JBER, Eklutna people create historical food cache display |
Posted 10/25/2012 Updated 10/25/2012
by Curt Biberdorf
Corps of Engineers Pulbic Affairs Office
10/25/2012 - JOINT BASE ELMENDORF-RICHARDSON, Alaska -- For centuries, the land today known as Joint Base Elmendorf-Richardson was inhabited by Dena'ina, one of the Athabascan-language speaking nations spanning from western Alaska to Canada.
Part of the cultural history of this people is now honored with the new Dena'ina cache and signage display located on a field near the intersection of Post Road and Arctic Warrior Drive.
The cache display, which replaced two deteriorated totem poles, represents a structure once commonly used by Alaska Natives to store dried fish and meat, was dedicated Oct. 5 during an event including local tribe leaders and family members.
"My hope is that our celebration today is not really a destination but the beginning of a journey that will bring a greater sense of awareness to the people who live and work on the installation of the wonderful accomplishments and proud heritage of the native people in this region," said Col. Brian Duffy, 673rd Air Base Wing and JBER commander.
Among their achievements are being integral in establishing military bases across the state by providing land, and bringing military intelligence as spotters and scouts in a cooperative relationship that was critical during the Cold War, he said.
After retiring the totem poles, the base still wanted to recognize the importance of Alaska Natives and their culture in Alaska's military history but with an object more representative of their local heritage, Duffy said.
First envisioned in 2007, the project was created and constructed by members of the Native Village of Eklutna - the closest federally-recognized tribe to JBER - with funding from the Air Force and contracting provided by the U.S. Army Corps of Engineers-Alaska District.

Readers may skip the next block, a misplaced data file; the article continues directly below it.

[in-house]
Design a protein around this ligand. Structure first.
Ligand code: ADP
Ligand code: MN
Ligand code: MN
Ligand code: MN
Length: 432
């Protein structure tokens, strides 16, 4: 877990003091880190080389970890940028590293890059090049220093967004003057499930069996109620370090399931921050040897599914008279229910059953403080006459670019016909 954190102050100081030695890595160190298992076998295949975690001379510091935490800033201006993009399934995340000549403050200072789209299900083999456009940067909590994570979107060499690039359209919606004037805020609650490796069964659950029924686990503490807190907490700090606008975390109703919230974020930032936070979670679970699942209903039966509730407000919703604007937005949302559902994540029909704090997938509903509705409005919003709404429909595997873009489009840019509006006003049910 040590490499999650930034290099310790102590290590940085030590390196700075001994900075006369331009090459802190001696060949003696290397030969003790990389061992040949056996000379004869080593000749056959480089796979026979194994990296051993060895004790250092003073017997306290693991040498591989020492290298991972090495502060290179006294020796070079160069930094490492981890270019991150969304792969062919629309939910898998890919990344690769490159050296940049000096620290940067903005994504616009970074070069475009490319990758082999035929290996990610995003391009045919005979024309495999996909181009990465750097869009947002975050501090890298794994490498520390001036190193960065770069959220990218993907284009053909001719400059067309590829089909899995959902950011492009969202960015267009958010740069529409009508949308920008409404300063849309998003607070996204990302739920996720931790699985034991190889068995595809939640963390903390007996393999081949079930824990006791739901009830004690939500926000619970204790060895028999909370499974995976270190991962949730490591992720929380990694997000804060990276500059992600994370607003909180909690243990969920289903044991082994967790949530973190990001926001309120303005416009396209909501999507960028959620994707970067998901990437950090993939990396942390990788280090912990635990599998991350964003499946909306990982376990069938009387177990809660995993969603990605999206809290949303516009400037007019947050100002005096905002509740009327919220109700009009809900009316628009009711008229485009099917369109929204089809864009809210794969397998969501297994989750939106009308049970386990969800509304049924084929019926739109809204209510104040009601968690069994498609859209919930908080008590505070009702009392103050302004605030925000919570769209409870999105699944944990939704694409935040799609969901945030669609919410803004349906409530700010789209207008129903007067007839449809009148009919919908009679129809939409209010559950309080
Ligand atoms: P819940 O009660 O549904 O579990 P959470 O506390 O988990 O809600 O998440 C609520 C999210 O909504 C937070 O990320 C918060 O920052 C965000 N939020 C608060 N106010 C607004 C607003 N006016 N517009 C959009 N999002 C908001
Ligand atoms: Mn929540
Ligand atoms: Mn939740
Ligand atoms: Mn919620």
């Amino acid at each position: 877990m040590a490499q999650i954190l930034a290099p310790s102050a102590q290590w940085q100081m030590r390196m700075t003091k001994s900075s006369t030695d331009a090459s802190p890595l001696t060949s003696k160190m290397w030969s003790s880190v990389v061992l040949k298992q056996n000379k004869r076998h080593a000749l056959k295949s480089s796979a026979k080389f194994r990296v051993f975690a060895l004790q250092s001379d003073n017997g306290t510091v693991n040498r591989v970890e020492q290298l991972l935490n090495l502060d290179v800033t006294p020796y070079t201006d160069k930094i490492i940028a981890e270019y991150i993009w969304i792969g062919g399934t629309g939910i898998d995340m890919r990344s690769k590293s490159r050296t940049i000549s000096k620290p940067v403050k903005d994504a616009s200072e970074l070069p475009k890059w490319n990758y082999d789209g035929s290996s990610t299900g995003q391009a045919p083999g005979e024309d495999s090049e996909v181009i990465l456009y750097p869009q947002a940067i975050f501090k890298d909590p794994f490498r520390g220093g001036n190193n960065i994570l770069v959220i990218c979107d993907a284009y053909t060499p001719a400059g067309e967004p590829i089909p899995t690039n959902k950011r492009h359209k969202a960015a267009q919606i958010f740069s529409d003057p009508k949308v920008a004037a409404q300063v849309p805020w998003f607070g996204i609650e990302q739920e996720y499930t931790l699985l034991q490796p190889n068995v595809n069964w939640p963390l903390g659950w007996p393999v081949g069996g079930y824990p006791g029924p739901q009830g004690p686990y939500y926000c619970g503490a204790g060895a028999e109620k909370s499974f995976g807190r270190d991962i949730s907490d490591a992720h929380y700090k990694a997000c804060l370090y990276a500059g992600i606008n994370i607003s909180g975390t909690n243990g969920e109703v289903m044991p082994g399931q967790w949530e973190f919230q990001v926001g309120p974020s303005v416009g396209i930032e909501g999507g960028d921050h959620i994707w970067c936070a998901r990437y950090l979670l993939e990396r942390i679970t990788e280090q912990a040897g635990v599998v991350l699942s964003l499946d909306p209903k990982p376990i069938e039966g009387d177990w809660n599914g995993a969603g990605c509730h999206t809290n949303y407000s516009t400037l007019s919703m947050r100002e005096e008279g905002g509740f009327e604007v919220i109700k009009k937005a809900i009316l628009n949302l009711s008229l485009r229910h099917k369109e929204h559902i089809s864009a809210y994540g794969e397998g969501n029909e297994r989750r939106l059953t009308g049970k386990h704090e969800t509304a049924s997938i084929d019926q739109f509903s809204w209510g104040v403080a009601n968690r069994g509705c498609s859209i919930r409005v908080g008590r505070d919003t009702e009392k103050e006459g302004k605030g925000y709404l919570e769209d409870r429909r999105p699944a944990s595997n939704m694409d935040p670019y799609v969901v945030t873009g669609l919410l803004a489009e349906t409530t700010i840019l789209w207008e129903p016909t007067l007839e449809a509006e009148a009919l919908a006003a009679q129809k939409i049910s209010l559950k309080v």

"The Alaska District was more than happy to be involved in this project," said Army Col. Christopher Lestochi, Alaska District commander.
The district respects tribal interests in natural and cultural resources and is committed to the relationship between the Corps and federally-recognized tribes. "I believe a project like this highlights that relationship and perhaps more importantly gave us the opportunity to play a small part in the creation of this interpretive display," he said.
Eklutna tribal members participated in every step of construction from cutting down trees on JBER property to make the structures to moving the finished products into the display field.
For the finishing touch, the Air Force paved roadside space for three vehicles and a path between the sign and cache for improved visitor access.
The area covering JBER was a central location used by many native people as a launching place to harvest game, fowl, fish, berries and roots. It was a place to meet other tribes.
Although the site is a great loss, the Knik Tribal Council is proud the Eklutna people were recognized as the original residents, said Michael Tucker, Native Village of Knik vice president.
"With the military, we are always treated respectful," said Maria Coleman, Native Village of Eklutna vice president and cultural manager. "It's an important milestone to have our story written by us."
"I'm so proud of how (the project) turned out," Coleman said. "I'm so thankful for everyone sharing because this is so important to our children and grandchildren. This is a wonderful fulfillment of sharing our history, culture and intimate ties to the land."
A cache is a storage house built on stilts usually five to nine feet tall. It is constructed using smooth poles tied with spruce roots or notched to wedge the poles together.
Mud, clay and moss were often used to fill in the spaces. Overhanging floors and poles - sometimes coated with bear or beaver fat - deterred animals.
Large families moved into camps all along Knik Arm and Cook Inlet to fish using spears and traps, taking as many as they needed to last the whole winter, said Alberta Stephan, Native Village of Eklutna elder.
"The natives all had caches like you see here," Stephan said. "It was built up high to keep rodents and squirrels away."
People reached the house by using a ladder made from a log with closely spaced limbs broken off forming steps. However, because of safety concerns from JBER, a ladder is not a part of the display.
Over time, native people lost access to land due to colonization, epidemics, expansion of U.S. government facilities, and changes in policies and regulations.
After remarks at the Arctic Warrior Events Center, the group moved to the display, where Stephan dedicated the cache with a blessing.